Wordsketch: An Assassin’s Tour of Lower Brayven [Fantasy]

I’ve waffled over posting this. It references more mature themes than I’m used to writing. The vast internet may laugh at what I call “mature” themes, but I’ll still rate it PG-13. It was just a quick warm-up I wrote to prep for more serious writing, the first scene that popped into my head when I opened a blank document. I have no plans for it.

Lietta leaped out of the window faster than the old grandfather clock in the corner could fall. When it did crash against the hallway’s tile floor, chiming out a strange melody as its death knell, she was already halfway down the alley, tripping over broken crates overflowing with the shattered glass bottles of underground cabarets. The sweet-sharp burn of grapes and alcohol hovered over the refuse like flies, clotting the air with an oppressive reminder of her early days in the Service. Continue reading

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Year

It was her first year.

Granted, it was her thirtieth first year. Every such year was new and exciting, a change from the last, an adventure to be experienced, a open invitation to travel the realms of life. Her favorite places to visit were Metropportunity  and the Steppes of New Skills, but she veered toward the Old Friends Crossroads as if it were her home in Tradition.

Like every new year, she, too, was new, built by self-reflection, the wisdom of past experience, the advice of static and passing acquaintances. It was inevitable that she would spend a breath or two upon the Setback Plateaus, but only a breath, for spreading out before her, glimmering in the sun of Hope, was the great Ocean of Possibility. And every year the journey was different, and she began as someone else: someone braver, someone better, someone filled with renewed determination and every potentiality imaginable.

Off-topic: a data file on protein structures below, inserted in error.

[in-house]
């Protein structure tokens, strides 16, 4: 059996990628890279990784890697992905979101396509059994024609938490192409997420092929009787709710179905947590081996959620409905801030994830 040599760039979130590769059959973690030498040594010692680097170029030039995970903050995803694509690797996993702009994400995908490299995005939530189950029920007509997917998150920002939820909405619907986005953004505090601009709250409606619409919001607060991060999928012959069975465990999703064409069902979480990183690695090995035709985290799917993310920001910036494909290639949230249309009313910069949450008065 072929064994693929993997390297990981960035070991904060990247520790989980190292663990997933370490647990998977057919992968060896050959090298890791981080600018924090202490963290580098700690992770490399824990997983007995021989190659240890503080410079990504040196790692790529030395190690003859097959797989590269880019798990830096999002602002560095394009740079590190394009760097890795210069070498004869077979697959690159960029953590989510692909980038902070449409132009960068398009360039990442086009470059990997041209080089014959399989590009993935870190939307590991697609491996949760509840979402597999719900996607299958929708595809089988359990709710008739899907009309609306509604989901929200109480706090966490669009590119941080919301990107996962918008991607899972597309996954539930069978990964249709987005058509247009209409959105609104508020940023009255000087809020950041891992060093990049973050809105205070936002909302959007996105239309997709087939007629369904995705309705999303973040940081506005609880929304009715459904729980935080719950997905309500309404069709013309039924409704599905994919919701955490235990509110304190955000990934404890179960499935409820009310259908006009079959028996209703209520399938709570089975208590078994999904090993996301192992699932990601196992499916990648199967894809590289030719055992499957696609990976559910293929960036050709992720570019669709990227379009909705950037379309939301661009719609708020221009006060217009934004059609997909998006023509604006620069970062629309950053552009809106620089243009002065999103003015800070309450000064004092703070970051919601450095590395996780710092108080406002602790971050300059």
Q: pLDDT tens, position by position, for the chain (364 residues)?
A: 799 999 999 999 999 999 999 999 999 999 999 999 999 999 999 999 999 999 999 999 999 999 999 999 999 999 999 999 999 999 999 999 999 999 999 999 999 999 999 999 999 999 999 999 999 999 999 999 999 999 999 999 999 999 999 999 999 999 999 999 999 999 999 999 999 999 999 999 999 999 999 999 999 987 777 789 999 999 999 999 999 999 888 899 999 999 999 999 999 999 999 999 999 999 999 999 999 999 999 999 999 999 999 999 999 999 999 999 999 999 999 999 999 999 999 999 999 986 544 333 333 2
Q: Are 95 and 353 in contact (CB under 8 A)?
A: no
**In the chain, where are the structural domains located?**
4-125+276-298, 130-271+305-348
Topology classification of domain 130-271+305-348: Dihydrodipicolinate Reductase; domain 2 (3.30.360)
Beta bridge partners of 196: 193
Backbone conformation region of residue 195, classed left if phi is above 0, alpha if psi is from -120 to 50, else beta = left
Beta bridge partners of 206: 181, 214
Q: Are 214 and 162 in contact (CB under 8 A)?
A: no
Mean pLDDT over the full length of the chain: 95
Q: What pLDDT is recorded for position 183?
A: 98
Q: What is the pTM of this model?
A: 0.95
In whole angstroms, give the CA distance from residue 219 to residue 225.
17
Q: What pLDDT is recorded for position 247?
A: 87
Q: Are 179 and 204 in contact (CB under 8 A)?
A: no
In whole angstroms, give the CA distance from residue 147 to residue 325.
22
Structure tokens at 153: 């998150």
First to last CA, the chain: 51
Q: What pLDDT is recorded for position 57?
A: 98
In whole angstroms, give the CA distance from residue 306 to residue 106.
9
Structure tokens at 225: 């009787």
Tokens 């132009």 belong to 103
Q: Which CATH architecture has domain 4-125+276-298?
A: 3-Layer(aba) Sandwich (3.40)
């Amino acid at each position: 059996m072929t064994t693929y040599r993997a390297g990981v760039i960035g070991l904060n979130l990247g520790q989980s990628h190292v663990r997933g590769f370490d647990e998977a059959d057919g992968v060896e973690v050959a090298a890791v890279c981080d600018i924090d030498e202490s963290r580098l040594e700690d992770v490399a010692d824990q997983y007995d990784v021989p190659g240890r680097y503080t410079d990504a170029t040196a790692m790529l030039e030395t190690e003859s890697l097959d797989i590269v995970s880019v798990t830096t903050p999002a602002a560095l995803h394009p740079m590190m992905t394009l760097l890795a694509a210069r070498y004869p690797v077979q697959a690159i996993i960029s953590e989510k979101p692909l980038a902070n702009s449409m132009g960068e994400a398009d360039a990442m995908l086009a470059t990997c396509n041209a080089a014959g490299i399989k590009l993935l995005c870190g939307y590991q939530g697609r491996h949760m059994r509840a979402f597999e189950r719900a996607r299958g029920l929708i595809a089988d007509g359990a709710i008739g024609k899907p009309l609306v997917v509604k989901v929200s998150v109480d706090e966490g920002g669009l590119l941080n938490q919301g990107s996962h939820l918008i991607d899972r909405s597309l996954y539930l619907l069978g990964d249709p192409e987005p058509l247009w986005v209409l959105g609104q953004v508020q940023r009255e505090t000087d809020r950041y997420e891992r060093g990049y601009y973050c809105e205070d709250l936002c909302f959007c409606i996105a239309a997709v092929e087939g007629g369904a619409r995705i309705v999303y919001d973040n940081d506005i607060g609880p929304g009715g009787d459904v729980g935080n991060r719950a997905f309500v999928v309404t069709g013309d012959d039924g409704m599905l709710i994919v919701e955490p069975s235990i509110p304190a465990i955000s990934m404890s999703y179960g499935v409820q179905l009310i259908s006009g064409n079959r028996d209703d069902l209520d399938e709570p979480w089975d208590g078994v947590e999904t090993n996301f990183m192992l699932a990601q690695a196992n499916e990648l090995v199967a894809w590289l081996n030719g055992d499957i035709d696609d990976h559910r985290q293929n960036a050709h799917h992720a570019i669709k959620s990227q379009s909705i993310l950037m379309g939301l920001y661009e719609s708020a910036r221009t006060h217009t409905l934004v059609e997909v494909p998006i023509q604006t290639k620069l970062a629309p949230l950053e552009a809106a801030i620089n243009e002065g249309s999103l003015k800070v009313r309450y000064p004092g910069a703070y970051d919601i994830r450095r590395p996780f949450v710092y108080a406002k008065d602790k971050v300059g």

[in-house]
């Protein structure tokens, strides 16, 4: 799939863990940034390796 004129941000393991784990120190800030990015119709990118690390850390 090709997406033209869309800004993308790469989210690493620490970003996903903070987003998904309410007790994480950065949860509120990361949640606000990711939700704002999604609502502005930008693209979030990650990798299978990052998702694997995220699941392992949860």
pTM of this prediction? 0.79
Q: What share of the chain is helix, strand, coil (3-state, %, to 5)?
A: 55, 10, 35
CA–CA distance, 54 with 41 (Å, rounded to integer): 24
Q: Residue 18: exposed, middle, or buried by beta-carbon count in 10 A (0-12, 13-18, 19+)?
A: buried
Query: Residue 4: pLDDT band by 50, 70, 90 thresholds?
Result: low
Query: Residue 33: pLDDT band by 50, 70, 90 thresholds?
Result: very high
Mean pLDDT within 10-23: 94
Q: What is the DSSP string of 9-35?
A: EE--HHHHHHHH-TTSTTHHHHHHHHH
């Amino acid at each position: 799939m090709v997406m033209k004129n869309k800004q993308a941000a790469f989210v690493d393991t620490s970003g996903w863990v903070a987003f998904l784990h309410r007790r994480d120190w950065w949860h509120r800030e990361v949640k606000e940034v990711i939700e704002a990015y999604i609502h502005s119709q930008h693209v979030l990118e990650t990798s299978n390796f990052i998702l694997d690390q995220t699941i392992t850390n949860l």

Because this was her year, like every year was her year: a gift, a promise, a blessing.

via Daily Prompt: Year

Trump, Clinton Exchange Heated Compliments in Impromptu Debate

[WARNING: Satire] The presidential hopefuls vied to outdo each other in a vicious game of courtesy.

In what has become the most loose-lipped campaign cycle since Calvin Coolidge’s presidential run in 1924, Republican candidate Donald Trump and Democrat candidate Hillary Clinton countered each other with commendations yesterday at a last-minute meeting for a fourth presidential debate. Continue reading

Sketch #8: The Vortex

As an exercise to clear my head of the Sherlock Holmes stories after I read them (i.e. When Plot Bunnies Attack), I created my own inspired characters and wrote this scene. It’s more science fiction than mystery, more explosive than subtle, and more philosophical than deductive compared to Doyle’s originals. I toyed with different ideas of what to do with it, but I was distracted by newer, shinier ideas.

Ethan staggered forward, gripping his bloody upper arm tightly. Bound against a twisted metal post of the Empire State Building’s explosion-ripped observation deck, I could do nothing but watch.

“Play the system; play the game,” Jessica said, her smile a morbid expression of glee. Her knuckles were white with anticipation and, I suspect, some measure of excitement at the prospect of her imminent victory.

“You’re really enjoying this, aren’t you?” Ethan asked.

“Aren’t you?”

“If I wanted my own words as answers, I’d have said something different.” Continue reading

Sketch #7: Y

Warning: Puns abound.